thumbnail

Geographic variation in the song of Willow Flycatchers: Differentiation between Empidonax traillii adastus and E. t. extimus

The Auk

By:
https://doi.org/10.1642/0004-8038(2001)118[0366:GVITSO]2.0.CO;2

Links

Abstract

The vocal signatures of the primary song form (“fitz-bew”) of the endangered Southwestern Willow Flycatcher (Empidonax traillii extimus) and its northern counterpart, E. t. adastus, are distinctive. Songs of the extimus subspecies are longer (total song, note, internote) and frequencies at maximum amplitude are lower than those of adastus. I used vocal evidence to clarify the distributional limits of the Southwestern Willow Flycatcher and that of the geographically adjacent subspecies, E. t. adastus. Unweighted pair-group method using averaging (UPGMA) cluster analysis and canonical discriminant analysis revealed that (1) low elevation, southerly desert populations (Arizona, New Mexico, and southern Utah) have a unique vocal identity corresponding to populations in the range of E. t. extimus; (2) northerly song groups (Oregon, Colorado, and northern Utah) share a different song type corresponding to populations in the range of E. t. adastus; and (3) a departure from vocal and morphological congruence occurs for a population of high-elevation Arizona birds that, although in the currently accepted range of E. t. extimus, sings songs acoustically similar to more northern populations (E. t. adastus). Multiple regression of song distance on latitude and elevation, and a comparison of a matrix of song distances with a matrix of latitude and elevation dissimilarities, demonstrated that song populations sort out by both latitude and elevation: birds with the vocal identity of extimus occur as far north as 37°N if at low elevation, and those acoustically similar to adastus occur as far south as 33.7°N if at high elevation. The vocal background of northern New Mexico birds appears to be intermediate between that of extimus and adastus, suggesting that northern New Mexico is a zone of intermixing and intergradation between the subspecies. Pure forms of E. t. extimus apparently do not occur in Colorado because even the southernmost populations are acoustically similar to more northerly populations of adastus. A low-elevation population in western Colorado, however, stands apart from other adastus populations, suggesting moderate introgression of extimus genes into the adastus gene pool.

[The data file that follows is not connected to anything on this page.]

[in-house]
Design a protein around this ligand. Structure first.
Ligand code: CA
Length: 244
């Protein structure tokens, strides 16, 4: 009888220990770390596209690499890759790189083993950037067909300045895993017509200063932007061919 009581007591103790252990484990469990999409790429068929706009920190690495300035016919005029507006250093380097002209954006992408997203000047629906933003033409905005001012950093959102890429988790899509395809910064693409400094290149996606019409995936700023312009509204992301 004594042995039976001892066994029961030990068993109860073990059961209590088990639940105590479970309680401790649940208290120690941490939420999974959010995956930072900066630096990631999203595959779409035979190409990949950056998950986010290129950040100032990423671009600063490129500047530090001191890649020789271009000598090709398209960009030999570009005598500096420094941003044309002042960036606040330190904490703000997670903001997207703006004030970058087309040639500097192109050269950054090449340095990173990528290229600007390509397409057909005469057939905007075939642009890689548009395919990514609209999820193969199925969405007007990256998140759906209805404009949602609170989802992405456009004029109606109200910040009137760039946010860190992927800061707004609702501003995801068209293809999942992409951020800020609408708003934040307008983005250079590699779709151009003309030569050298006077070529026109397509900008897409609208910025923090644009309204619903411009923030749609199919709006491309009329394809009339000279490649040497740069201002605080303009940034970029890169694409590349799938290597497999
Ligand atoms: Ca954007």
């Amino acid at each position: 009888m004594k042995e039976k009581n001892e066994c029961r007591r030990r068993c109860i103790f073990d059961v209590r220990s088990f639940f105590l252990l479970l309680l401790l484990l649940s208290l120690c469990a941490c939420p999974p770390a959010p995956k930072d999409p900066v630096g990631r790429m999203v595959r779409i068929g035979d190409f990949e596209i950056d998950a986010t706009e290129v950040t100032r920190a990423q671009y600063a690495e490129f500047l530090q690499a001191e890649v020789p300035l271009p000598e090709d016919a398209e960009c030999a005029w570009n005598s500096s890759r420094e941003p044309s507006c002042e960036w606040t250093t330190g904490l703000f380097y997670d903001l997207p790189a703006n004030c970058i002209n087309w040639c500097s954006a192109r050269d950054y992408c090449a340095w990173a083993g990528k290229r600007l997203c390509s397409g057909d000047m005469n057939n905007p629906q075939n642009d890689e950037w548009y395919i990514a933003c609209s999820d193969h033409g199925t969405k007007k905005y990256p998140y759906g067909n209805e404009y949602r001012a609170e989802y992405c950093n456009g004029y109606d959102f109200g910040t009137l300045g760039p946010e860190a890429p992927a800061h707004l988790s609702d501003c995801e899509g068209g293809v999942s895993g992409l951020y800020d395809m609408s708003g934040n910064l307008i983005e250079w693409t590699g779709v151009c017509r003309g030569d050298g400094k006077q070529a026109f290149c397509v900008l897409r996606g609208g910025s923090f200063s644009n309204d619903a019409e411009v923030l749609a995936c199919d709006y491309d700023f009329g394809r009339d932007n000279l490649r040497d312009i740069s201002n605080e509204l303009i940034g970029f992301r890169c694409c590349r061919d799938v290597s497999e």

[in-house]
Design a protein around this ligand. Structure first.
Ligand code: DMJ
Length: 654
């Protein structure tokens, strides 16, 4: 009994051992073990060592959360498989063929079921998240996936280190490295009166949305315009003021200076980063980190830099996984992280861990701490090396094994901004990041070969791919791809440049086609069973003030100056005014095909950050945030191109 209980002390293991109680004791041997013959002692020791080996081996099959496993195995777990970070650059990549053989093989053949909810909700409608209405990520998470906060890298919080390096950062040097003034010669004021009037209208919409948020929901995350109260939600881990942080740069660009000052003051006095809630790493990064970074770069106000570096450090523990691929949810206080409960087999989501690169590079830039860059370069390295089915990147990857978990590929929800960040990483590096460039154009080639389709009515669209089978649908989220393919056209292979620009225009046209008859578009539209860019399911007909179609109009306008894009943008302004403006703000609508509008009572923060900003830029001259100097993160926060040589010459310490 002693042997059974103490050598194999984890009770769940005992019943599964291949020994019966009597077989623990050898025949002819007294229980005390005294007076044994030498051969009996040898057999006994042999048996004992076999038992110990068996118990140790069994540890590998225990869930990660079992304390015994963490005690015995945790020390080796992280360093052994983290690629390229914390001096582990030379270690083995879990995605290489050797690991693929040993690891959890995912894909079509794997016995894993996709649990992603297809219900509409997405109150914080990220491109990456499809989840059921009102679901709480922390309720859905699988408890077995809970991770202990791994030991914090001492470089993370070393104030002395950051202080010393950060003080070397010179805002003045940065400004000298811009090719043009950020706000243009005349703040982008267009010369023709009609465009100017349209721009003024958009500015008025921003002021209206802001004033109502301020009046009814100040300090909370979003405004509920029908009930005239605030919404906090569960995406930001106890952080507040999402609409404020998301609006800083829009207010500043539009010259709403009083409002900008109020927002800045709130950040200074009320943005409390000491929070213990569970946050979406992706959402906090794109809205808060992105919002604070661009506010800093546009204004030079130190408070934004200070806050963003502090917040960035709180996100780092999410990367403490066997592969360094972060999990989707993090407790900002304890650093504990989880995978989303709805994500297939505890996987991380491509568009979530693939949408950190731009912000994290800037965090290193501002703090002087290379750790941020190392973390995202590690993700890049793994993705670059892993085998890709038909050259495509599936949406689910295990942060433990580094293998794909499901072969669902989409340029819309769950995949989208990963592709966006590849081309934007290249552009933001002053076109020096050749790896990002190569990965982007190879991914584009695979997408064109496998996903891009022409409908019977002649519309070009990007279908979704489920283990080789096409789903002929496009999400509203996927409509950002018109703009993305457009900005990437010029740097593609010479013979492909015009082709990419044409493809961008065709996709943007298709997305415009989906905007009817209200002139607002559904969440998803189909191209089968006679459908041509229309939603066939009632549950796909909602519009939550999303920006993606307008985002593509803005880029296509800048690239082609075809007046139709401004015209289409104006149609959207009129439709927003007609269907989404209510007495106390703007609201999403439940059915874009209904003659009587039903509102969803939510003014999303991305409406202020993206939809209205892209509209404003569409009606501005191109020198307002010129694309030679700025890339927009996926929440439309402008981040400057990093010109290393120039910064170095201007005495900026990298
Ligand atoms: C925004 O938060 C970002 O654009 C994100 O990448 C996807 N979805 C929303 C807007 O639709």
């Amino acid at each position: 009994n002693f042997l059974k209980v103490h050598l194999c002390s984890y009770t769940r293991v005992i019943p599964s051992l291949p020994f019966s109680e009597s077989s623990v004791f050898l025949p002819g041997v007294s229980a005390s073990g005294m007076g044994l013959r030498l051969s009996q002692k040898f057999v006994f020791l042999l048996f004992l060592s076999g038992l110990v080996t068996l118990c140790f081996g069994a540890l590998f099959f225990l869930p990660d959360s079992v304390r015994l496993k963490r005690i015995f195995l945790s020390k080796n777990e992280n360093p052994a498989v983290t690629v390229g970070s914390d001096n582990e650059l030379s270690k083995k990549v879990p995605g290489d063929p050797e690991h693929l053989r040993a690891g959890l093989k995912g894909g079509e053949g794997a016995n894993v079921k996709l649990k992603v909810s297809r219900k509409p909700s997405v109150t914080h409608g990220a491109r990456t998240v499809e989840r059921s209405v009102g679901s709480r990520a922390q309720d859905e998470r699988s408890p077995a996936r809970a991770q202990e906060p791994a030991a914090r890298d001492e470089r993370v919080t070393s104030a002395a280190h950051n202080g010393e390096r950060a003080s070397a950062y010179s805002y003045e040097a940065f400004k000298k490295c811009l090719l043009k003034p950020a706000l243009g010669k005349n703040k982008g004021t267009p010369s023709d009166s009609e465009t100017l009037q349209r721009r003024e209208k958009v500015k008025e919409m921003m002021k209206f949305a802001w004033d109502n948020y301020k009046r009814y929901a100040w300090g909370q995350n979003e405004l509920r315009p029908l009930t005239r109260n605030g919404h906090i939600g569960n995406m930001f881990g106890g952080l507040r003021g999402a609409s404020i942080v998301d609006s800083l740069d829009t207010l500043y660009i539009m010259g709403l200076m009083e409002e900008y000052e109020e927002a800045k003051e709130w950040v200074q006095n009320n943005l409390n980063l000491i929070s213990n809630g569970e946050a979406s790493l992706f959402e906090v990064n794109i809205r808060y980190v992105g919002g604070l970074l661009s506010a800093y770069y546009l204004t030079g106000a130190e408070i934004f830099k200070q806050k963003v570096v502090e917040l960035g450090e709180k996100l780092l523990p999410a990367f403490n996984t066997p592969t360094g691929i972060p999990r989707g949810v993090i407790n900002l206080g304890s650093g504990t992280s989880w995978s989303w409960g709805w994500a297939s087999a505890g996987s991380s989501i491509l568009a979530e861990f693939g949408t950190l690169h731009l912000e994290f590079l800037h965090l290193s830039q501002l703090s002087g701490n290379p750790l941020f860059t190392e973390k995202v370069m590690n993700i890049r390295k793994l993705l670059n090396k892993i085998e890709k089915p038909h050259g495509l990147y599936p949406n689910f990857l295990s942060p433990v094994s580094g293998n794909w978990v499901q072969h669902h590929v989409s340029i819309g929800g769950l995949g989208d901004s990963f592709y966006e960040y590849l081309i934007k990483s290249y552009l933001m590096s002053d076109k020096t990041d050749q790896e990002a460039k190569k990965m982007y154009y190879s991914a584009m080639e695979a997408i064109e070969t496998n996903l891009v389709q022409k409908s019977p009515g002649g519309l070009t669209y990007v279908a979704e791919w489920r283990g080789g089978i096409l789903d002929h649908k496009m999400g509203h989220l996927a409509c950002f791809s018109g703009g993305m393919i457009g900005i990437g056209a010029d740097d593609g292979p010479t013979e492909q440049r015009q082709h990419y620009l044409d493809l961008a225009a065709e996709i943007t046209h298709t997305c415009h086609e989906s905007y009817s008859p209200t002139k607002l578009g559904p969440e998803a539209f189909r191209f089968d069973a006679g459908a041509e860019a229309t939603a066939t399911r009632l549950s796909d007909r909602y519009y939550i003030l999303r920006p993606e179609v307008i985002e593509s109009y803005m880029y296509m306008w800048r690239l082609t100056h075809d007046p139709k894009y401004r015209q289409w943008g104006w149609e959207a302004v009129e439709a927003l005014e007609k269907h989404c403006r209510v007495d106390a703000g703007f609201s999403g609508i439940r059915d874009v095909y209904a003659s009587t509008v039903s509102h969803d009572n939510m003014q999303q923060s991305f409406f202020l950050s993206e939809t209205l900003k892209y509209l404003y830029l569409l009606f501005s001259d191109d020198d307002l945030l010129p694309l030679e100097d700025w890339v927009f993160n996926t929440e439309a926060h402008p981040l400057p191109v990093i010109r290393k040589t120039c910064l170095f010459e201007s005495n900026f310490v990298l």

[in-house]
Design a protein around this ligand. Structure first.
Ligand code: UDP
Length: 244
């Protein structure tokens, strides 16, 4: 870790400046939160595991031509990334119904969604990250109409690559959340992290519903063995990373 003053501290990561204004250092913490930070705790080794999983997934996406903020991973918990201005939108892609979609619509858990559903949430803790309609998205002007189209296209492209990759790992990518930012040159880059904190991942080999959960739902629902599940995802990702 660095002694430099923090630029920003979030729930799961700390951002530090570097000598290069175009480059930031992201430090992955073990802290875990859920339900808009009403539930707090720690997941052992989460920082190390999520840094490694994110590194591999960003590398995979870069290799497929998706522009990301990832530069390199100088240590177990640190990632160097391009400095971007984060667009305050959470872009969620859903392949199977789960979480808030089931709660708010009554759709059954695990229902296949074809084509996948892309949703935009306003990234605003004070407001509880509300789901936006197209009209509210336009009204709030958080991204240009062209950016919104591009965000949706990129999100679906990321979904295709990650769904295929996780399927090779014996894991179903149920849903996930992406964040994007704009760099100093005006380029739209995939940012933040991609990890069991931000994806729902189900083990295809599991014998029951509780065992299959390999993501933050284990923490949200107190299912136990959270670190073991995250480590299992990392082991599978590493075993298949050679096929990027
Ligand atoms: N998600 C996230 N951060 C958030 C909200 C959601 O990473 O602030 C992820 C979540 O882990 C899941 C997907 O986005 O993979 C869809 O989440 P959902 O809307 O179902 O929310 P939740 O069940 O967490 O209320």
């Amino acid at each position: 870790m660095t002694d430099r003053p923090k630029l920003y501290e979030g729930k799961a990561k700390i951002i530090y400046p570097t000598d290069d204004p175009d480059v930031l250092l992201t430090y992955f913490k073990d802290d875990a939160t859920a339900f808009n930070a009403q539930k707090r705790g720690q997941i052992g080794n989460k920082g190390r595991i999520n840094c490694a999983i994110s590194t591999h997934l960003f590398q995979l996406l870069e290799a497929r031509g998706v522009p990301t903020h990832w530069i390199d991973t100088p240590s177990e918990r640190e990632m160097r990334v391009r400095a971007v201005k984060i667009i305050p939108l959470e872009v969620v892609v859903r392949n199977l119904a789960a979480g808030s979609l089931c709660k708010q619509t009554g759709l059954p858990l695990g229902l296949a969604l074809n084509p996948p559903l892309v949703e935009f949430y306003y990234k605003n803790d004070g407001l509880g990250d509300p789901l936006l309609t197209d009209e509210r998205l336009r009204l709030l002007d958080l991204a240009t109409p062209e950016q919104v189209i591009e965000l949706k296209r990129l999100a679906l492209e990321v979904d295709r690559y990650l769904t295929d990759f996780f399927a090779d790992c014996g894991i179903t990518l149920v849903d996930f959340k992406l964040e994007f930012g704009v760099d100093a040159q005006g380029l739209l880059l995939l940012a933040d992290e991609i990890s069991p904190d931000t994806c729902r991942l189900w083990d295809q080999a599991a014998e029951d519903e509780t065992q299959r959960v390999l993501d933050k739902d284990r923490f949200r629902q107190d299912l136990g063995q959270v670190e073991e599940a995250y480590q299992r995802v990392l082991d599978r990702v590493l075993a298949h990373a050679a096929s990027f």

Additional publication details

Publication type:
Article
Publication Subtype:
Journal Article
Title:
Geographic variation in the song of Willow Flycatchers: Differentiation between Empidonax traillii adastus and E. t. extimus
Series title:
The Auk
DOI:
10.1642/0004-8038(2001)118[0366:GVITSO]2.0.CO;2
Volume:
118
Issue:
2
Year Published:
2001
Language:
English
Publisher:
American Ornithological Society
Contributing office(s):
Fort Collins Science Center
Description:
14 p.
First page:
366
Last page:
379